Ray Zimmerman | 637 comments Sher wrote: "Ray wrote: "Here is the haiban I promised, as published in The Weekly Avocet.

Greater Sandhill Cranes
A Haiban - Ray Zimmerman

Greater Sandhill Cranes are sojourners in Tennessee, caught between ..."

Thank you - it will appear in my next book, which is now in the editing stage.


message 45: by Ray (new)

Ray Zimmerman | 637 comments Sher wrote: "I hope you will be able to see this - it's a lovely tribute to cherry blossoms paid for by the Japanese Embassy -- Basho quotes and lovely images and some history too.
http://paidpost.nytimes.com/..."


Lovely images.


message 46: by Ray (new)

Ray Zimmerman | 637 comments Sher wrote: "I hope you will be able to see this - it's a lovely tribute to cherry blossoms paid for by the Japanese Embassy -- Basho quotes and lovely images and some history too.
http://paidpost.nytimes.com/..."


Lovely images.


message 47: by Sher (new)

Sher (sheranne) | 935 comments Mod
Ray wrote: "Sher wrote: "Ray wrote: "Here is the haiban I promised, as published in The Weekly Avocet.

Greater Sandhill Cranes
A Haiban - Ray Zimmerman

Greater Sandhill Cranes are sojourners in Tennessee, ca..."


Ray--please let us know when it is available. Sher


message 48: by Sher (new)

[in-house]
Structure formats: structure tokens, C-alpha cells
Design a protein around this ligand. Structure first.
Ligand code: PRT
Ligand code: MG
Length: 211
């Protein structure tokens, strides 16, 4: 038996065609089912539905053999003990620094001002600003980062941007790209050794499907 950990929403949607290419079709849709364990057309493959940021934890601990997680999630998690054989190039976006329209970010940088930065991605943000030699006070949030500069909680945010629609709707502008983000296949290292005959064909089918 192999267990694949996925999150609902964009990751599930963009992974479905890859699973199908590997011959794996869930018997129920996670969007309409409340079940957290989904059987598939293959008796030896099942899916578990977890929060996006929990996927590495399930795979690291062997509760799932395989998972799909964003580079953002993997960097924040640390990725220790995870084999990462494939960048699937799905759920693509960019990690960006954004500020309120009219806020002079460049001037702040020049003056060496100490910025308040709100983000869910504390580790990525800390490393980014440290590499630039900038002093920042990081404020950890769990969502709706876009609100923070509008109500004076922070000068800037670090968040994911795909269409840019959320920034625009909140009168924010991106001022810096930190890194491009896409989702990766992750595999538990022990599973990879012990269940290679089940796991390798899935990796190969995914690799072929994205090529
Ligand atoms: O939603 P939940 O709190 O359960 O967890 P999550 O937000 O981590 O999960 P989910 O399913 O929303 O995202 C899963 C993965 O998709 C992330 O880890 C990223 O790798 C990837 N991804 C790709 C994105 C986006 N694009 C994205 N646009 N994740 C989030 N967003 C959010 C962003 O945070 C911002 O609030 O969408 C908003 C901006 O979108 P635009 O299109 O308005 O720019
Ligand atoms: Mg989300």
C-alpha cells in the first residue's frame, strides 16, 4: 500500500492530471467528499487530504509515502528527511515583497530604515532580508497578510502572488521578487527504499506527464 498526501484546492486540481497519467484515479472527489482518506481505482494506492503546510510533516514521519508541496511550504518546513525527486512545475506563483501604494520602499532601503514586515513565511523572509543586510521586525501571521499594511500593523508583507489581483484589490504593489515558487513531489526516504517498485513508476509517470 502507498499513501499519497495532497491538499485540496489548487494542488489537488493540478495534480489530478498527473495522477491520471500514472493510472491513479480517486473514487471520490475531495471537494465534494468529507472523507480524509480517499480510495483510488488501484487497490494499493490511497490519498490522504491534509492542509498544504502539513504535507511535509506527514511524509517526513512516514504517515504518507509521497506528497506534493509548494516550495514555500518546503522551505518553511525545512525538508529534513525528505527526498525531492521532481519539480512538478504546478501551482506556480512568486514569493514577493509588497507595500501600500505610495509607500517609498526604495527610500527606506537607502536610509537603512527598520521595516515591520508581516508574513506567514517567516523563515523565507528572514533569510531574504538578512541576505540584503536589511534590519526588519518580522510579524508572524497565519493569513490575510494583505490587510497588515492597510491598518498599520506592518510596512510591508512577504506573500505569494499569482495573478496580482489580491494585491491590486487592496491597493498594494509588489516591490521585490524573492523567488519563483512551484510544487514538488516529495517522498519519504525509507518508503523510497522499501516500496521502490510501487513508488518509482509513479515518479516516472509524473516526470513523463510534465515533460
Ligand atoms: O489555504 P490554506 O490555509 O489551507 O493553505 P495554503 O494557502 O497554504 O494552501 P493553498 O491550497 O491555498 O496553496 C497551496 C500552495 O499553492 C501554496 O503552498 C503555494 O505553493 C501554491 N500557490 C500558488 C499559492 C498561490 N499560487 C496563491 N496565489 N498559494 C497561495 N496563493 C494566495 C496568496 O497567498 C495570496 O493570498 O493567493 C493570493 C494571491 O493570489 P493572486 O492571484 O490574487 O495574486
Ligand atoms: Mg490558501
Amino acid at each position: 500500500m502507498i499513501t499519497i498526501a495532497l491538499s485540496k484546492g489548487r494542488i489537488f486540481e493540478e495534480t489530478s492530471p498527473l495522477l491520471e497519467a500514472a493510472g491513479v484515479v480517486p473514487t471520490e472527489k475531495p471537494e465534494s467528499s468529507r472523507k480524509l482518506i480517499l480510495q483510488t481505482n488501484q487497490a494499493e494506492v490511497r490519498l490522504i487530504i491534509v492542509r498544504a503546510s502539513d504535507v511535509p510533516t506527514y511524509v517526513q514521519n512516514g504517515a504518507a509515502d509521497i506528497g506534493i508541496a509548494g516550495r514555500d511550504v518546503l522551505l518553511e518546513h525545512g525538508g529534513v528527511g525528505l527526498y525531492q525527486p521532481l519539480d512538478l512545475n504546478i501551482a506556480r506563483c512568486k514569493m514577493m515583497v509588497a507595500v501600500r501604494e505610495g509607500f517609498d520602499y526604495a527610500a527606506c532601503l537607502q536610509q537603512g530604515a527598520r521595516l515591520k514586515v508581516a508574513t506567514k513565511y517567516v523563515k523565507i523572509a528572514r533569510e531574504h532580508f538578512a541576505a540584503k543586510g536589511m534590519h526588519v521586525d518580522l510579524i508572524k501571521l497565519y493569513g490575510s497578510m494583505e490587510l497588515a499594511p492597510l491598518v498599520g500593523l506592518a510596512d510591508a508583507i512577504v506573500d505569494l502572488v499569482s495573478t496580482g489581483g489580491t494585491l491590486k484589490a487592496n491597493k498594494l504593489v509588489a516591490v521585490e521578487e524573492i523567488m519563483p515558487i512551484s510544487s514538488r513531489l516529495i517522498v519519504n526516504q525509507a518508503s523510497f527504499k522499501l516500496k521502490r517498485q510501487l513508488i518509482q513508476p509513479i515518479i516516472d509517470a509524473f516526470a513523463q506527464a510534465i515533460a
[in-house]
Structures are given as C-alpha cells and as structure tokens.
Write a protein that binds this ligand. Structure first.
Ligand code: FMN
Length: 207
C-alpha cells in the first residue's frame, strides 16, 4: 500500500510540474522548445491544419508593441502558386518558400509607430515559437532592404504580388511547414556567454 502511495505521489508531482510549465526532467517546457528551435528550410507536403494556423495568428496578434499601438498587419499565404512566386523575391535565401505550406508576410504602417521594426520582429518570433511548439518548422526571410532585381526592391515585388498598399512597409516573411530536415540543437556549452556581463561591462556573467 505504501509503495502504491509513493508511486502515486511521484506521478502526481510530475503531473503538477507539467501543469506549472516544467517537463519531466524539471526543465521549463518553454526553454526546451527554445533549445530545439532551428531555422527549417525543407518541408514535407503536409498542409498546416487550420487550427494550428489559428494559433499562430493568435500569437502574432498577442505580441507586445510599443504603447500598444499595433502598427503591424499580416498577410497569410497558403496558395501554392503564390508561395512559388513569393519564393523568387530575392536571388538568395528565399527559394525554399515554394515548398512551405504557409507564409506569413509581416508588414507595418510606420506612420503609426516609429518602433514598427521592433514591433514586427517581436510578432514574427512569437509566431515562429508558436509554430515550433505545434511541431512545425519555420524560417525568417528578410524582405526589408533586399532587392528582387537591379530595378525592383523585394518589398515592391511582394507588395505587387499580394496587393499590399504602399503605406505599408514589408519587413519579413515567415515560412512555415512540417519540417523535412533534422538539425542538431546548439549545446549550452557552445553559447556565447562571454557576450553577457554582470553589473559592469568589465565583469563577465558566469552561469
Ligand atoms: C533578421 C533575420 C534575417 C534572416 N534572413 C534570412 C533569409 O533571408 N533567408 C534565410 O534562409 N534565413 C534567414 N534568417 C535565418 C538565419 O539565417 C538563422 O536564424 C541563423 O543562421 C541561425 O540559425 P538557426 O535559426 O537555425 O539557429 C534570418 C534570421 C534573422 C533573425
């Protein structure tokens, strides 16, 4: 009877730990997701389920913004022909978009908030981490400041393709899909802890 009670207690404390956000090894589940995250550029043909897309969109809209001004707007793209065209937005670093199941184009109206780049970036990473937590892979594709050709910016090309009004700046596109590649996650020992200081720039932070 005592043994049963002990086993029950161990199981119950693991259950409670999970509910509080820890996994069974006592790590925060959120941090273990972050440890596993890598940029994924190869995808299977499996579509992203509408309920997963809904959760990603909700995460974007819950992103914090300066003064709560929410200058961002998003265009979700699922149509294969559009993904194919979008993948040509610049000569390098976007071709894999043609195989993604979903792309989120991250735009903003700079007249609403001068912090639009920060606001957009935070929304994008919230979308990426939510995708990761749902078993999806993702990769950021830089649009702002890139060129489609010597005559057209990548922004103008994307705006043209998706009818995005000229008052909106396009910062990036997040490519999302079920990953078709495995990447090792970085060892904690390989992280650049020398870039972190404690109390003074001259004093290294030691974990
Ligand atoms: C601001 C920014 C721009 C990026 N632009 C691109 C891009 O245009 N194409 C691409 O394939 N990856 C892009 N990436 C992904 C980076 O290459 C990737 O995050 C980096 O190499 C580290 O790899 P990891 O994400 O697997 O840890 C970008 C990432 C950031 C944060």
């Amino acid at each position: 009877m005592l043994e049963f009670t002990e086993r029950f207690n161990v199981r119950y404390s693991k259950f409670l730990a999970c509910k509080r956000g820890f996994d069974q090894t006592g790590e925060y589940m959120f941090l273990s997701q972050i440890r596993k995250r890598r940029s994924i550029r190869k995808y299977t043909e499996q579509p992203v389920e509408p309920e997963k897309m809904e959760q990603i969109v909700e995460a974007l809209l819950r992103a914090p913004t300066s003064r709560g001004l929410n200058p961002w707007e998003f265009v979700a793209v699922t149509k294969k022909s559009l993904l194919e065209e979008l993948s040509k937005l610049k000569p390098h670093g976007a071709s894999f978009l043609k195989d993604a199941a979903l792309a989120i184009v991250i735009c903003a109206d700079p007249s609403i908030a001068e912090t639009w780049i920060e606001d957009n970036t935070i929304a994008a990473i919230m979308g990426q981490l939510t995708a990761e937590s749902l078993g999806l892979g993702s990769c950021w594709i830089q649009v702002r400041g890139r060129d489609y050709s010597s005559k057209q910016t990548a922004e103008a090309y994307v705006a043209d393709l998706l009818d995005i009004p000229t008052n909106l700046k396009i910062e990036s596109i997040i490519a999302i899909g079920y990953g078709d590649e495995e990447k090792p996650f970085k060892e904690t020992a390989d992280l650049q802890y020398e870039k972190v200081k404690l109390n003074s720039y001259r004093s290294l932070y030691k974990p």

Sher (sheranne) | 935 comments Mod
Susan wrote: "Ray wrote: "Here is the haiban I promised"

Thanks for sharing your haibun, Ray. It's beautiful!"


Susan- I'm so glad you were able to see Ray's haiban; I thought you would appreciate it since you are also a poet.

I was thinking about your comments regarding the creative artists coming together. We went to a jam last night where various musicians and singers came together to play old country songs for 40 or so dancers. Such energy in that room! All stemming from a common love of music. Nature and art connects us in such deep ways.


message 49: by Ray (new)

Ray Zimmerman | 637 comments Here in Chattanooga. there are a number of collaborative events. I have given poetry readings backed up by a jazz band, and we have an open mic for both musicians and spoken word artists.


message 50: by Sher (new)

Sher (sheranne) | 935 comments Mod
Ray wrote: "Here in Chattanooga. there are a number of collaborative events. I have given poetry readings backed up by a jazz band, and we have an open mic for both musicians and spoken word artists."

That's very cool! I like how different genres are combined.